"beginning around April 2008 the Fed began signalling it was planning to raise interest rates"
      and then
      "the natural interest rate is falling fast and the Fed fails to lower its target interest rate until October 2008."

      Are you saying that changes in the size of the monetary base are not a consequence of changes in the interest rate target? Are you saying that changes in the size of the monetary base are not a "marginal" indication of whether money is tight or loose?

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    2. The Arthurian: Yes, that's essentially correct. Changes in the monetary base are indeed the tool that the central bank uses, in order to reach its interest rate target. But the "size of the monetary base" is a consequence of both the interest rate target, and also the current demand for money. So, yes, if all you have is the size of the monetary base, and you don't have any information about what is happening to money demand, then you know very little about whether money is tight or loose.

      Maybe it would help to think of it like this: it's absolute levels, vs. relative directions. The base getting larger does indeed mean that money is "looser" than it (counterfactually) otherwise would have been (and vis versa). But whether money is absolutely "loose" or not (rather than merely "looser") requires also knowing what is happening to money demand. In particular, whether money this month is looser than it was last month, cannot be determined by merely looking at the monetary base (or even at the nominal interest rate).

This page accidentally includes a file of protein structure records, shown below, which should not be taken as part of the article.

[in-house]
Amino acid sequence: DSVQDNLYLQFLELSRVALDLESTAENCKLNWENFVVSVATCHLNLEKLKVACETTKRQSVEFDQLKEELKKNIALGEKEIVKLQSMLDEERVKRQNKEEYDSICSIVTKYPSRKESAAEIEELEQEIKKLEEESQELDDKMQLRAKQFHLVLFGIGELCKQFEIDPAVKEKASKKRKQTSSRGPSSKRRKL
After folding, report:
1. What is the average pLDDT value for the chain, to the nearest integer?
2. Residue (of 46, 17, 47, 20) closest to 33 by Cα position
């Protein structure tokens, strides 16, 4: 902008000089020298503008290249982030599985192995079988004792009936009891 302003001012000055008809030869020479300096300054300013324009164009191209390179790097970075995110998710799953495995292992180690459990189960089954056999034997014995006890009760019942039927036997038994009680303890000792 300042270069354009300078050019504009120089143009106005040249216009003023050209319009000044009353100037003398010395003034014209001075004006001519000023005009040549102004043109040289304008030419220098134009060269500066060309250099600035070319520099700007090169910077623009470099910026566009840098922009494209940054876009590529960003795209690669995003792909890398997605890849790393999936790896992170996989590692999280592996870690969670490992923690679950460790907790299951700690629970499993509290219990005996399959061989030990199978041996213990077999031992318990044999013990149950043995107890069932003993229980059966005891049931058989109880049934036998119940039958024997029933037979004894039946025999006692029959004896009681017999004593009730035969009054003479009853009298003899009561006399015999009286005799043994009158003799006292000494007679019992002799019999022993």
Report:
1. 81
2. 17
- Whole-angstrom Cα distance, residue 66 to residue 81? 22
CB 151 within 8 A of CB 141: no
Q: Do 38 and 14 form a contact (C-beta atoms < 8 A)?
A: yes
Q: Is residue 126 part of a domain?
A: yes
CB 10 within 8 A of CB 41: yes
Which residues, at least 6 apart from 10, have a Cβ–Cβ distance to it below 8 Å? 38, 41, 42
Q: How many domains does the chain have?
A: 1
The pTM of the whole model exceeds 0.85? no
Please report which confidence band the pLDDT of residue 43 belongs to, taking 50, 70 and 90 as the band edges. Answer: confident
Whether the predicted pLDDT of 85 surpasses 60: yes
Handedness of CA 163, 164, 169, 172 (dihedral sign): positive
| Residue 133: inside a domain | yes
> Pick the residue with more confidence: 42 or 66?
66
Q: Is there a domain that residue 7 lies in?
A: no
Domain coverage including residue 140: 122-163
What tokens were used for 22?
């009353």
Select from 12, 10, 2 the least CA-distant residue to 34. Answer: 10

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    3. Thanks Don, pretty interesting.

      But are there numbers for NGDP expectations that I can look at on a graph? Or for inflation expectations -- maybe FRED's MICH? And are there numbers for the 'natural rate of interest'? Got links to anybody who has actually looked at such numbers?

      Numbers, as opposed to words, you know?

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    4. The Arthurian: Those are excellent questions, and the Market Monetarists think it is a national tragedy that the Fed doesn't create and subsidize an NGDP futures market, given how significant it is for monetary policy. So at best we can infer reasonable guesses.

      One obvious place to look, is actual published inflation and NGDP. That's not quite future expectations, but if you look back in the past at what actually happened (and if you're trying to analyze an historical event), you can hope that the expectations somewhat prior to the actual events, were at least in the ballpark of being accurate.

      Another good place to get estimates, is TIPS spreads. In a lucky break, the Treasury offers both regular nominal bonds (which return fixed interest payments), as well as "inflation protected" bonds, which return payments that vary depending on what inflation winds up being. The bonds are otherwise identical. The difference in current market price between the two types of bonds, is a good indication of the market's prediction for future inflation.

      There are some toy prediction markets (Hypermind is running a tiny NGDP one) that give a little data, but they are thinly traded now, and not especially accurate.

      This lack of critical data, for such an important economic problem as the current stance of monetary policy, is really a shame. I agree with you, that these kinds of numbers need to be MUCH easier to find.